“It might be a bit preachy or dramatic, but my basic point is that I think charter schools are the bane of public education. If we want public education to improve we definitely don’t want to do the opposite of NCLB.”

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New Year’s resolutions

me writing

Since I will be turning 45 in February, I have decided to keep my New Year’s resolution simple this year.

Publish one short story.

I plan to start looking at the Writer’s Market 2018 to see if there are any potential markets for short Christian fiction or for a few unpublished, Twilight Zone-style stories I’ve completed.

Perhaps “completed” is too optimistic a word. Any writer will tell you no story is ever perfectly written. I’m sure Stephen King sometimes looks at his early stories and wishes he could change this or that about them. He once wrote about the pleasant surprise he got when his short story, Sometimes They Come Back (which I’ve read, it’s in his Night Shift collection of short stories), was published. He was paid $500 for a story he admitted that he didn’t think would sell anywhere.

Perhaps I should try to get an agent.

Among my short stories that are either completed or need a little more tinkering:

Garth, Texas: A fugitive and scam artist’s car breaks down in rural West Texas during a heat wave. He walks to a town to get help–and wishes he’d kept on walking.

No Experience Necessary: A former Army soldier with a dwindling bank account accepts a job that pays well and says “no experience necessary.” You know what they say: “If it’s too good to be true…”

Dear Billy: Sincerely, Billy: If you love to write science fiction or Twilight Zone or Outer Limits-inspired tales, you’re bound to try your hand at time travel. In this, set in 1983, a teenaged boy visits a library and is told there’s a letter for him. It’s written by a man who claims to be him, and it’s dated 1859. The boy learns one decision done differently can change everything.

David’s Decision: What went on during the mental tug of war that led to King David deciding to sleep with the wife of one of his most loyal soldiers?

What If…?: I’ve always wondered what would’ve happened had Adam and Eve not sinned and had resisted the serpent.

Renaming a mysterious Arkansas town ‘Garth, Texas’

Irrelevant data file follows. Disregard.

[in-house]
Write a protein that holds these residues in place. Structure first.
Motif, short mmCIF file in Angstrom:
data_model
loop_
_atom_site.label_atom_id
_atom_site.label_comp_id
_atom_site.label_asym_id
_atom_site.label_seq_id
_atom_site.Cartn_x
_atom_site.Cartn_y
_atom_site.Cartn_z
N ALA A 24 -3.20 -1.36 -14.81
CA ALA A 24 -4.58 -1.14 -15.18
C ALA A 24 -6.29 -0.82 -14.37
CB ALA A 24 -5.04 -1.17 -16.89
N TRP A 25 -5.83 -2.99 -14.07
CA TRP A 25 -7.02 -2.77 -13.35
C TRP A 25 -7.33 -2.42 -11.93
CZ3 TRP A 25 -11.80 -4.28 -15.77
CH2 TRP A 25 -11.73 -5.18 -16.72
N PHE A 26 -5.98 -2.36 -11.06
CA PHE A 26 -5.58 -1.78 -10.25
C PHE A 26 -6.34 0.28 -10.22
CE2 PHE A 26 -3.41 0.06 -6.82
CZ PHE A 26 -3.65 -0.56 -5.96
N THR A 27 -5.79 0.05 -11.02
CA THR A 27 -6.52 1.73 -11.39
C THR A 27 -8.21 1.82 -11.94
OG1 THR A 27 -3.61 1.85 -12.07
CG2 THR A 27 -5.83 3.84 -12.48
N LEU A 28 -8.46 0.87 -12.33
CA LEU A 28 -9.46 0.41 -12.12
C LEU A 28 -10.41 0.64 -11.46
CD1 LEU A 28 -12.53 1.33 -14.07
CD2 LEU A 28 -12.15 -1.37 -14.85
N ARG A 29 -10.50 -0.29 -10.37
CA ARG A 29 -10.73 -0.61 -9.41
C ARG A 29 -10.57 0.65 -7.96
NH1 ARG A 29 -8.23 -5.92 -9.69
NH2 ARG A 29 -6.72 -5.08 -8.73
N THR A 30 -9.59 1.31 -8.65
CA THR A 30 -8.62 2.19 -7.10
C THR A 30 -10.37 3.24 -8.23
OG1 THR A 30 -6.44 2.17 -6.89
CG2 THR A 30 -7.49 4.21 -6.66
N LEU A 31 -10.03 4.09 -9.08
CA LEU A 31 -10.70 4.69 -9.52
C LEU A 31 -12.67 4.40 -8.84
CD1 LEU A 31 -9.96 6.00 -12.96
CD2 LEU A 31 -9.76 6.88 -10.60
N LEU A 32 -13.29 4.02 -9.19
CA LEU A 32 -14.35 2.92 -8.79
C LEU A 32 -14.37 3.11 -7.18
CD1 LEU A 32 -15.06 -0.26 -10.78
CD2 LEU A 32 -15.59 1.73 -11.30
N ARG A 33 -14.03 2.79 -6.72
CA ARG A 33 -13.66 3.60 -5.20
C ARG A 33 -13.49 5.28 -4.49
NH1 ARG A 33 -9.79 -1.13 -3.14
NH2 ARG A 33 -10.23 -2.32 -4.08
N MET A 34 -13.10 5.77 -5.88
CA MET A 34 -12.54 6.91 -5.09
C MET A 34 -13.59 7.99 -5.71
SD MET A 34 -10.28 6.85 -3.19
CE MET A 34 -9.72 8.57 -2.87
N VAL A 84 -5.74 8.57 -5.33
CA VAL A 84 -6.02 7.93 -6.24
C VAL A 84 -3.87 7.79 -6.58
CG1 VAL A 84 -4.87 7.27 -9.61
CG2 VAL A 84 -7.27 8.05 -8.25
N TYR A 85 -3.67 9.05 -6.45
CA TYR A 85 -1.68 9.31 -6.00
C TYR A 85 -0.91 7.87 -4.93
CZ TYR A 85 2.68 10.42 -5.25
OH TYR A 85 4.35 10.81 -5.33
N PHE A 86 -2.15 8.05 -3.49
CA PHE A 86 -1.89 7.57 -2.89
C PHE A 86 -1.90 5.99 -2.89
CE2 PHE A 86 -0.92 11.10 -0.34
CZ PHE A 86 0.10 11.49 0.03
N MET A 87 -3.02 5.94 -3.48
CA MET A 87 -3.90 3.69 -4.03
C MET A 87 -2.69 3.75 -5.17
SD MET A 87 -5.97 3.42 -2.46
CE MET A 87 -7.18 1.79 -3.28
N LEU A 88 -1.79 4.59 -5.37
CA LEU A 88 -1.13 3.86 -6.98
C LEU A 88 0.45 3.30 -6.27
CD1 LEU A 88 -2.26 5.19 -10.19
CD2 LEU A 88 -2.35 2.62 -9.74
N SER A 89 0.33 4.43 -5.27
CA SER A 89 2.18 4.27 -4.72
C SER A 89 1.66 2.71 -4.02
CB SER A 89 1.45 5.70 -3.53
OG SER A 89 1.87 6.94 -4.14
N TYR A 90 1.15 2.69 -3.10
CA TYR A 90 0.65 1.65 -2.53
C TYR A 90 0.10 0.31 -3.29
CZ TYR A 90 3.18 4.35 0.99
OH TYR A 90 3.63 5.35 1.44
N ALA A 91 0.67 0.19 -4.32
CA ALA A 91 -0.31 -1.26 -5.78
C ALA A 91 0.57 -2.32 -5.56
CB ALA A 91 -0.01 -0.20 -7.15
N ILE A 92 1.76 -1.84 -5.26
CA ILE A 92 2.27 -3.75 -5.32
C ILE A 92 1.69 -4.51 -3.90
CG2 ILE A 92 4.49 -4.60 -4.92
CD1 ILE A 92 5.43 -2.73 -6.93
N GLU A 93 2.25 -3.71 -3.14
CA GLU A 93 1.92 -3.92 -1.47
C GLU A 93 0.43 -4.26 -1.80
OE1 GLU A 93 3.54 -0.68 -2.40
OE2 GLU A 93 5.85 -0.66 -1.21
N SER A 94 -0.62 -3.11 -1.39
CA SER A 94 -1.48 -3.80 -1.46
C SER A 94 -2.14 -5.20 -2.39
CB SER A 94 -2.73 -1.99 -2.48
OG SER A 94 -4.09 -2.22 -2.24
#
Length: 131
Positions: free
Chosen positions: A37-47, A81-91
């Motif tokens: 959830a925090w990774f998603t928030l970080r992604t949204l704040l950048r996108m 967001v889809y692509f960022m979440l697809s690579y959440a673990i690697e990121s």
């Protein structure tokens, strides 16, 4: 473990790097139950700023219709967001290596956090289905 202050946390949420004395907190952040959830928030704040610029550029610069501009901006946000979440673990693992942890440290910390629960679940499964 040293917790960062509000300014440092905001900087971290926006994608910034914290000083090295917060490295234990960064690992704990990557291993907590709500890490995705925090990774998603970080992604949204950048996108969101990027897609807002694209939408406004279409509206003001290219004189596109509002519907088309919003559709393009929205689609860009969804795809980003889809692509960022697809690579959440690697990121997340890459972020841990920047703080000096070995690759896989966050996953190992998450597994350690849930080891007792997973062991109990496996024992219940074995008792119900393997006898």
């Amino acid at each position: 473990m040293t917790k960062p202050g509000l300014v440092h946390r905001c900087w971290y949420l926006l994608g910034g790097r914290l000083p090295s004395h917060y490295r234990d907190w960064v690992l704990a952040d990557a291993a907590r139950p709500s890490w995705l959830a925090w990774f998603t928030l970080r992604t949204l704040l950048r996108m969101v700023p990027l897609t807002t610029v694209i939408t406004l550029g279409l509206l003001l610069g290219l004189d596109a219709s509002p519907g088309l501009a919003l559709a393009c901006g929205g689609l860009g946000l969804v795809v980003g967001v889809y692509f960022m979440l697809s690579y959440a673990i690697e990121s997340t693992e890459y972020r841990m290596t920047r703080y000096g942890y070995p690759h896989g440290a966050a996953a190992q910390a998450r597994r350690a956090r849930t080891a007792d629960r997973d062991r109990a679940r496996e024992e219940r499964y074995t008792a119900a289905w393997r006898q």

In the summer of 1980, if I remember right, we traveled from Kansas to northern Arkansas to visit my Dad’s older brother, Uncle Don. He, my Aunt Mary and my cousins lived in Harrison, near Dogpatch. I also remember something about getting some Cavender seasoning, since it’s made in Harrison. (I still use it today, although I prefer the salt-free form).

As we traveled to Harrison, my seven-year-old mind seemed to record us being on some sort of mountainous hill. One road went to Harrison while another road seemed to lead to another town down in a distant valley. A look at a map reveals it might’ve been Omaha, Arkansas.

To this day, 32 years later, I still wonder about that town. What was its name? What secrets did it hold? What stories did it tell? Or, did it exist solely in my imagination?

I have resurrected and transported the town approximately 800 miles southwest into West Texas in a short story I am working on, titled Garth, Texas. In this lengthy, in-progress short story, a road goes up a hill, reaching a zenith; what lies on the road beyond the zenith is completely unknown to anyone seeing the road from the main road it bisects.

But to those who travel to the top of the road, they will see a sharp, gradual decline as the road slopes downard for about five miles. And in the distance is a tiny speck of a town.

Garth, Texas.

Stay tuned.

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Richard’s endless reading list

We all have our pleasure activities. I have a few, myself. Venturing into bookstores and libraries. Going into cooking supply stores and admiring all the utensils I’d love to have for the day I can afford to have a fully-equipped kitchen. It can also be fun to go out on walks into the woods to just relax, let your thoughts run free and look for any interesting items. I remember long ago taking a walk along some dilapidated train tracks near my home in Beeville, Texas. Just my Dad, me and my brother-in-law. We found lots of power line insulators, which my Dad loves to collect. (I have a few of them myself today).

And here’s another thing I love to do: go to a library, get their monthly popular reads magazine and make note of all the books in there that interest me.

So far, there are about 100 books on my list. And growing. My problem is most of the books I really want to read aren’t at my local library. They have to be ordered from other libraries, and that takes time.

Still, the pursuit is very fun.

Maybe someday I’ll be stuck for 50 years in the San Antonio Central Library. Ahhhh.

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Thoughts on acting and creating a new word